Back-to-school shopping is barely behind us, so it might seem premature to start thinking about holiday shopping (despite the fact that some retailers are rolling out holiday merchandise in their stores this month). But the reality is, you should.
Credit bureau TransUnion says 32 percent of us don’t save at all in anticipation of holiday season expenditures, which often burdens consumers with a load of debt at the beginning of the year. There are alternatives to making your first New Year’s resolution “Pay down credit cards,” but you’ll get the most benefit if you start taking advantage of those alternatives now.
1. Layaway: Prior to the explosion of easy credit, layaway was a common retail offering. For a small fee, shoppers reserved an item and paid for it in installments. When you finished paying up, you got to take it home. It seemed like an anachronism in the instant-gratification culture that boomed in recent years, but the economic downturn made stores and customers revisit it. Sears re-launched layaway in 2008, Toys ‘R Us began offering it on pricier toys in 2009 and Walmart brought layaway back this year on toys and electronics after scrapping it in 2006. The big plus to layaway is you’re not paying interest as you would with a credit card. However, you’re still paying a fee — usually around $5 or $10 — just to spend your own money. If you don’t have the discipline to save any other way, though, layaway can be a good option.
2. Christmas Club: Another older staple of holiday budgeting that’s making a comeback, Christmas Clubs are interest-bearing savings accounts in which you put money each month. Many smaller banks and credit unions have reintroduced Christmas Clubs, and while they generally suggest starting your savings at the beginning of each year to maximize the impact, you can still open one now. A spokesperson from the Independent Community Bankers of America says that member banks are still hearing from people who want to open these accounts now, so it’s not too late. Some retailers also offer Christmas Clubs, but you can only use your savings with that merchant, which limits your ability to shop around for deals when you’re ready to buy.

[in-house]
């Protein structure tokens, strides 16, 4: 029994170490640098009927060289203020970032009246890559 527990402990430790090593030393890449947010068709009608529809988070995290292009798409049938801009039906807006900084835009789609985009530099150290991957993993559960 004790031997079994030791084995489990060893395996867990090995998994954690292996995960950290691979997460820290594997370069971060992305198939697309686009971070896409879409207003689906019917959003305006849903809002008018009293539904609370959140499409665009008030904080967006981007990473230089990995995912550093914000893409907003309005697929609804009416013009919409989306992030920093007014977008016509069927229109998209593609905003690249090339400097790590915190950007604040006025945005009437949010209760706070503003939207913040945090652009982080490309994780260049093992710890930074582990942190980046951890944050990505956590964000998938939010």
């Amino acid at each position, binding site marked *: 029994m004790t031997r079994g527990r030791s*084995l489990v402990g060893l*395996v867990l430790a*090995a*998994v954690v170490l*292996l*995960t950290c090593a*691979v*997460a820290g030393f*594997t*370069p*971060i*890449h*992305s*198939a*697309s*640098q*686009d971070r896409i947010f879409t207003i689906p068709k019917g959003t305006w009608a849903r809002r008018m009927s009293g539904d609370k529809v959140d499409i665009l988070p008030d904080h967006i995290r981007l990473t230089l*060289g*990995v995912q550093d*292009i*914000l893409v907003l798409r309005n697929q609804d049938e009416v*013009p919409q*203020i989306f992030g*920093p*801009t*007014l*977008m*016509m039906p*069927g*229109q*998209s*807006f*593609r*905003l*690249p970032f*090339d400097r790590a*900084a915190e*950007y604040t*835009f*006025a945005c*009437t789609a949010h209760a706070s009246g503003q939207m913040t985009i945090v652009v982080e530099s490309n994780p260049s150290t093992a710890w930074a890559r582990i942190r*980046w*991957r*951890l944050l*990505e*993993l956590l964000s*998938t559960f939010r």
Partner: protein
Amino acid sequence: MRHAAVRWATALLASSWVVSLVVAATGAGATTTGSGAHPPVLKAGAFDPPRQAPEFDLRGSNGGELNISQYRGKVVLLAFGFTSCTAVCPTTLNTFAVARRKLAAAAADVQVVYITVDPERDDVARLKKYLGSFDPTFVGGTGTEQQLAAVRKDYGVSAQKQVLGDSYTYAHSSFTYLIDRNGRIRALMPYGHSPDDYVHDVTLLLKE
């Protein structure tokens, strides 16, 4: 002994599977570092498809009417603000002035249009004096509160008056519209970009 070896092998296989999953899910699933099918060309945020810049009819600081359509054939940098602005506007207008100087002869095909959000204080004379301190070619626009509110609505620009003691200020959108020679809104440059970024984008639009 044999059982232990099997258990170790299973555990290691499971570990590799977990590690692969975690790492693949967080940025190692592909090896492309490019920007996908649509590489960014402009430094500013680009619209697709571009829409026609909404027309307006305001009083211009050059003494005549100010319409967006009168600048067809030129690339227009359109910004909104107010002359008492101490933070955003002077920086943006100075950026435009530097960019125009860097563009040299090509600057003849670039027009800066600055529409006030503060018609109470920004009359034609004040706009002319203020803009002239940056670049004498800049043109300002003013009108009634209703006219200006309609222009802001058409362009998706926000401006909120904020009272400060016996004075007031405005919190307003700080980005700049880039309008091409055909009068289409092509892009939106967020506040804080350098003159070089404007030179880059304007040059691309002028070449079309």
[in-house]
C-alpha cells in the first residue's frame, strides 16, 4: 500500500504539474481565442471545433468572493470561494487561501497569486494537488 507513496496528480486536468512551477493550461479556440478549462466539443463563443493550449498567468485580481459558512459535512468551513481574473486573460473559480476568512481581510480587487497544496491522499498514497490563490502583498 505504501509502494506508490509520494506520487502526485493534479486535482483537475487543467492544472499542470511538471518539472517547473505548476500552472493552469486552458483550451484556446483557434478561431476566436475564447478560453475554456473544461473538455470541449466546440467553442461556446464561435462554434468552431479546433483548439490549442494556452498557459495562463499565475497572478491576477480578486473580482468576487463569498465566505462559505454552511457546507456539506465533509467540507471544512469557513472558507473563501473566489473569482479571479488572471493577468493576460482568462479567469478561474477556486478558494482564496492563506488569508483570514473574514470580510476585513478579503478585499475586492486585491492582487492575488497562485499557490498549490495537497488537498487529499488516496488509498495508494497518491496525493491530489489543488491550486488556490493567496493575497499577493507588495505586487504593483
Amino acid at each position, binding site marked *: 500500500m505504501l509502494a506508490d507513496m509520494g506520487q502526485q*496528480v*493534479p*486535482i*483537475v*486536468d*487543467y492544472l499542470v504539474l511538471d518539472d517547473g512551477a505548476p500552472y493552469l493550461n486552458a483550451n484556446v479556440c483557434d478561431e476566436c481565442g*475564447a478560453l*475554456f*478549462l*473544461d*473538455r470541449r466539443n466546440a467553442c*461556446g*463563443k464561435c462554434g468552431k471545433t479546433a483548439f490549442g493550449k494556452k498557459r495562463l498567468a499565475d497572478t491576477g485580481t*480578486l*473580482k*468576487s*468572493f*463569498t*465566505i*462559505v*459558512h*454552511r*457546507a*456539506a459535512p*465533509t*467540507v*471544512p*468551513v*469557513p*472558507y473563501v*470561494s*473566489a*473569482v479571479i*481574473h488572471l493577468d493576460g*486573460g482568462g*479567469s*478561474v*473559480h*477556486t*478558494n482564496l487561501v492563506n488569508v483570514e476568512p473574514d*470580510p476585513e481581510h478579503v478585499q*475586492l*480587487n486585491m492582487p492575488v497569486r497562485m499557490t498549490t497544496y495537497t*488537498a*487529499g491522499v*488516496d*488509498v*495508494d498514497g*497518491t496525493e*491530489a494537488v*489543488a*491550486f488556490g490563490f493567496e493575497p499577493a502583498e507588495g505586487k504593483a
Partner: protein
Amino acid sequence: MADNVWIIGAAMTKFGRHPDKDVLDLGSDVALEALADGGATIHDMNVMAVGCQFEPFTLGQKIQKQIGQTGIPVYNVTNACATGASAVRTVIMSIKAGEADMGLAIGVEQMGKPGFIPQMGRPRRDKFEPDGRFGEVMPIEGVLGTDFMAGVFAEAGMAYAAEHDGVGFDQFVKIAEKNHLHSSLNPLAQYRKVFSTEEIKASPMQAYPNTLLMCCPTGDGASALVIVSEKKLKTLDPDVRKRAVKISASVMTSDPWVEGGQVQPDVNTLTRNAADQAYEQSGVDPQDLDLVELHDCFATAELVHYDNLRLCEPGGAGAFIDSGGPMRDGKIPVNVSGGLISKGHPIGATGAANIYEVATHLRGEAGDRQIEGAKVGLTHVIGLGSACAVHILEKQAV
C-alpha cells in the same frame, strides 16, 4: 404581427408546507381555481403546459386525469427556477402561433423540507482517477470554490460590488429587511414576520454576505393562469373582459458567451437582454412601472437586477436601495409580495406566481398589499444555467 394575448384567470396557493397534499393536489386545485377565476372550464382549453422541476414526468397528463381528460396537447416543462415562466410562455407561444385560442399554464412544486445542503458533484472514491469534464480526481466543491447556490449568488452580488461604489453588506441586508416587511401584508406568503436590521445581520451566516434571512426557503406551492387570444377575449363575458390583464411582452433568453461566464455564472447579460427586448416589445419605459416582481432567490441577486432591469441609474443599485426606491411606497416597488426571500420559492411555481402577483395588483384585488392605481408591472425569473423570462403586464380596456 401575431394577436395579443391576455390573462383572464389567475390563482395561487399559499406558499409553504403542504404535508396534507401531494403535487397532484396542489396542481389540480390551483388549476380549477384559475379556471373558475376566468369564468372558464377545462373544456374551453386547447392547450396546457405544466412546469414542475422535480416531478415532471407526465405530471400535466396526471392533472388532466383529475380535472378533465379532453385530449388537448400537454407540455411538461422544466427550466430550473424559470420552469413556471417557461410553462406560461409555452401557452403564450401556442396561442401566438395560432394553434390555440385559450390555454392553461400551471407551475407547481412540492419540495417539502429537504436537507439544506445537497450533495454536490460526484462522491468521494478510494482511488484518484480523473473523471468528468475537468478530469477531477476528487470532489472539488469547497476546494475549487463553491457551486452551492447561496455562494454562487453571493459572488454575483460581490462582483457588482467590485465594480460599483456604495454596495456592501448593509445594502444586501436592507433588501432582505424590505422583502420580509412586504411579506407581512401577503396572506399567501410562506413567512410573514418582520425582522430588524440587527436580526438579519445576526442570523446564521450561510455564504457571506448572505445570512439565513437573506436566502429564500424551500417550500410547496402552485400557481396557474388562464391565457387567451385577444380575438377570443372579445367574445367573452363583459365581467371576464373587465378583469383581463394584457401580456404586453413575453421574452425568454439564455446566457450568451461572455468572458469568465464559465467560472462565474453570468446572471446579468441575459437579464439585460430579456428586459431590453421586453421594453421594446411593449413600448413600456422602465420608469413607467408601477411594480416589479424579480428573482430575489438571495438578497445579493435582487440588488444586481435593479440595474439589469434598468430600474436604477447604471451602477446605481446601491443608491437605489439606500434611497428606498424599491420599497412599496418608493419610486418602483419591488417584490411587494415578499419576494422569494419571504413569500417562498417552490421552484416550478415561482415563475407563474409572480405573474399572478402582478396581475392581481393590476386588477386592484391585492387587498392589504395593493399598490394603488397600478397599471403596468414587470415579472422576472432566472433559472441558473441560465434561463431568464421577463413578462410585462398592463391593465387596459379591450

3. Direct Deposit: If you don’t want to go the Christmas Club route, consider setting up your own version by opening a savings account at a brick-and-mortar or online bank or credit union. Many institutions let you set one up with as little as a $5 minimum balance, so shop around for the best interest rate. If you receive a paycheck by direct deposit, see if your employer will let you split the deposit between two accounts. If so, arrange to have a set amount automatically diverted from your paycheck to help fund your holiday spending. This alleviates you from having to remember to set aside money and also stashes it away someplace separate from the account where you pay your monthly bills, so you’re less likely to tap into before the holidays.